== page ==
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dc.contributor.authorSweeney, Carolyn G
dc.contributor.authorCurran, Elizabeth H.
dc.contributor.authorWestmoreland, Susan V.
dc.contributor.authorMansfield, Keith G.
dc.contributor.authorVallender, Eric
dc.date.accessioned2013-03-04T16:45:05Z
dc.date.issued2012
dc.identifier.citationSweeney, Carolyn G., Elizabeth Curran, Susan V. Westmoreland, Keith G. Mansfield, and Eric J. Vallender. 2012. Quantitative molecular assessment of chimerism across tissues in marmosets and tamarins. BMC Genomics 13:98.en_US
dc.identifier.issn1471-2164en_US
dc.identifier.urihttp://nrs.harvard.edu/urn-3:HUL.InstRepos:10361989
dc.description.abstractBackground: Marmosets are playing an increasingly large and important role in biomedical research. They share genetic, anatomical, and physiological similarities with humans and other primate model species, but their smaller sizes, reproductive efficiency, and amenability to genetic manipulation offer an added practicality. While their unique biology can be exploited to provide insights into disease and function, it is also important that researchers are aware of the differences that exist between marmosets and other species. The New World monkey family Callitrichidae, containing both marmoset and tamarin species, typically produces dizygotic twins that show chimerism in the blood and other cells from the hematopoietic lineage. Recently, a study extended these findings to identify chimerism in many tissues, including somatic tissues from other lineages and germ cells. This has raised the intriguing possibility that chimerism may play an increasingly pervasive role in marmoset biology, ranging from natural behavioral implications to increased variability and complexity in biomedical studies. Results: Using a quantitative PCR based methodology, Y-chromosomes can be reliably detected in the females with male fraternal twins allowing for a relative quantification of chimerism levels between individuals and tissues. With this approach in common marmosets (Callithrix jacchus) and cotton-top tamarins (Saguinus oedipus), chimerism was detected across a broad array of tissues. Chimerism levels were significantly higher in tissues primarily derived from the hematopoietic lineage, while they were lower, though still detectable, in tissues with other origins. Interestingly, animals with a characteristic marmoset wasting disease show higher levels of chimerism in those tissues affected. Fibroblast cell lines from chimeric individuals, however, are not found to be chimeric themselves. Conclusion: Taken together, the levels of chimerism in tissues of different origins coupled with other lines of evidence suggest that indeed only hematopoietic cell lineages are chimeric in callitrichids. The chimerism detected in other tissues is likely the result of blood or lymphocytic infiltration. Using molecular methods to detect chimerism in a tissue sample seems to have allowed a substantial increase in the ability to detect these minor cell populations.en_US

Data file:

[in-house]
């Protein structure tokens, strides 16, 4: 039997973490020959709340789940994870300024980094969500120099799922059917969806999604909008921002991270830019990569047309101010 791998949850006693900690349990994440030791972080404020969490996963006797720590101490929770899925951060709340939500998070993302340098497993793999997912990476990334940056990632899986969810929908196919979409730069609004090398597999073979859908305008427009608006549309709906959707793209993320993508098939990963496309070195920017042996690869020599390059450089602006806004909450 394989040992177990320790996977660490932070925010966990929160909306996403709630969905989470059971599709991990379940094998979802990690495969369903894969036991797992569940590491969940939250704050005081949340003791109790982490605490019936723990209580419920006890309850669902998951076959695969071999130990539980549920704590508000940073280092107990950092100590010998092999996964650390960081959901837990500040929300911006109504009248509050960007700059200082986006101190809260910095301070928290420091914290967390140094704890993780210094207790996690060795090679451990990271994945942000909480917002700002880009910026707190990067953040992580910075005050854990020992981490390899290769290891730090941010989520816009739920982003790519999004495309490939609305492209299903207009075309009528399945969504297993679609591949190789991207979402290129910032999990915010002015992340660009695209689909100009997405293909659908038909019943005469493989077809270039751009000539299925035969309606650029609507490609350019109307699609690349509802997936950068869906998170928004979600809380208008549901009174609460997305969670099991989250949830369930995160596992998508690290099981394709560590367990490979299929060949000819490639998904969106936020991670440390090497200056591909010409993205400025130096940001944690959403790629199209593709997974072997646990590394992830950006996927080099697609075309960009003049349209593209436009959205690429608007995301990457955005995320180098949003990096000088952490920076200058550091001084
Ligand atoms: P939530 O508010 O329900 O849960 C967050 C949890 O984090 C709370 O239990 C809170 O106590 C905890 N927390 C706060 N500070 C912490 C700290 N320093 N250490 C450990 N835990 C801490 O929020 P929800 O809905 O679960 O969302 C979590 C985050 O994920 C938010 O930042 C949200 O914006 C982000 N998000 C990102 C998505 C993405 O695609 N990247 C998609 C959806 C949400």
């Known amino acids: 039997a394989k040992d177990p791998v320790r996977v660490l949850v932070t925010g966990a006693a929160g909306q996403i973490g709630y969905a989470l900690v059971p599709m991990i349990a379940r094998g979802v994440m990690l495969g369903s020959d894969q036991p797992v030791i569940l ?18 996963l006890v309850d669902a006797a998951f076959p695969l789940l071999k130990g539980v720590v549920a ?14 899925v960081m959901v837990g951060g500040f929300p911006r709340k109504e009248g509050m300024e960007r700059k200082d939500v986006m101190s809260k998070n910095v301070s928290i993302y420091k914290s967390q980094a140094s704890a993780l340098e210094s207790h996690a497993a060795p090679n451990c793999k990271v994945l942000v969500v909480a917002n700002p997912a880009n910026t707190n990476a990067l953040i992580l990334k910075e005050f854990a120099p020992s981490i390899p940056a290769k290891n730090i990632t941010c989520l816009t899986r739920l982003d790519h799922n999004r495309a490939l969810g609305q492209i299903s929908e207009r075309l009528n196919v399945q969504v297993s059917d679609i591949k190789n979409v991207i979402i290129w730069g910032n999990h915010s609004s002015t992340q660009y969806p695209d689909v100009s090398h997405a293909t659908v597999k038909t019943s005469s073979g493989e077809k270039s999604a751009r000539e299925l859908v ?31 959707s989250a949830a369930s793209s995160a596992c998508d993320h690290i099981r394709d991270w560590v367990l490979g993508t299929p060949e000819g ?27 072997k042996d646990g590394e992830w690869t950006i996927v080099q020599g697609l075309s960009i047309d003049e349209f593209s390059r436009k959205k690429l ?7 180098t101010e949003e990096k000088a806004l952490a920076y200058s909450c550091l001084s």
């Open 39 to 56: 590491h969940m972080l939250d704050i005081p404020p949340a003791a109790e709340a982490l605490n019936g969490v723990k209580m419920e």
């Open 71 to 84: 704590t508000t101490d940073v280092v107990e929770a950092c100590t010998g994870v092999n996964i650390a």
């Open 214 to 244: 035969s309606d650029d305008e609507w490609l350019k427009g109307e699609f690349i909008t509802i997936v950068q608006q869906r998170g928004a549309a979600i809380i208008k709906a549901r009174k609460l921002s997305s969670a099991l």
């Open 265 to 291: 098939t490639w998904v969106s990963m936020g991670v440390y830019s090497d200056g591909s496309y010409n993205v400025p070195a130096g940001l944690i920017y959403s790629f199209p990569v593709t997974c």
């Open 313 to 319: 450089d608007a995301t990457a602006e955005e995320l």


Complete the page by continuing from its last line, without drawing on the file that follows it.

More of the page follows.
dc.language.isoen_USen_US
dc.publisherBioMed Centralen_US
dc.relation.isversionofdoi:10.1186/1471-2164-13-98en_US
dc.relation.hasversionhttp://www.ncbi.nlm.nih.gov/pmc/articles/PMC3337283/pdf/en_US
dash.licenseLAA
dc.titleQuantitative Molecular Assessment of Chimerism across Tissues in Marmosets and Tamarinsen_US
dc.typeJournal Articleen_US
dc.description.versionVersion of Recorden_US
dc.relation.journalBMC Genomicsen_US
dash.depositing.authorWestmoreland, Susan V.
dc.date.available2013-03-04T16:45:05Z
dc.identifier.doi10.1186/1471-2164-13-98*
dash.contributor.affiliatedCurran, Elizabeth H.
dash.contributor.affiliatedVallender, Eric
dash.contributor.affiliatedWestmoreland, Susan V.


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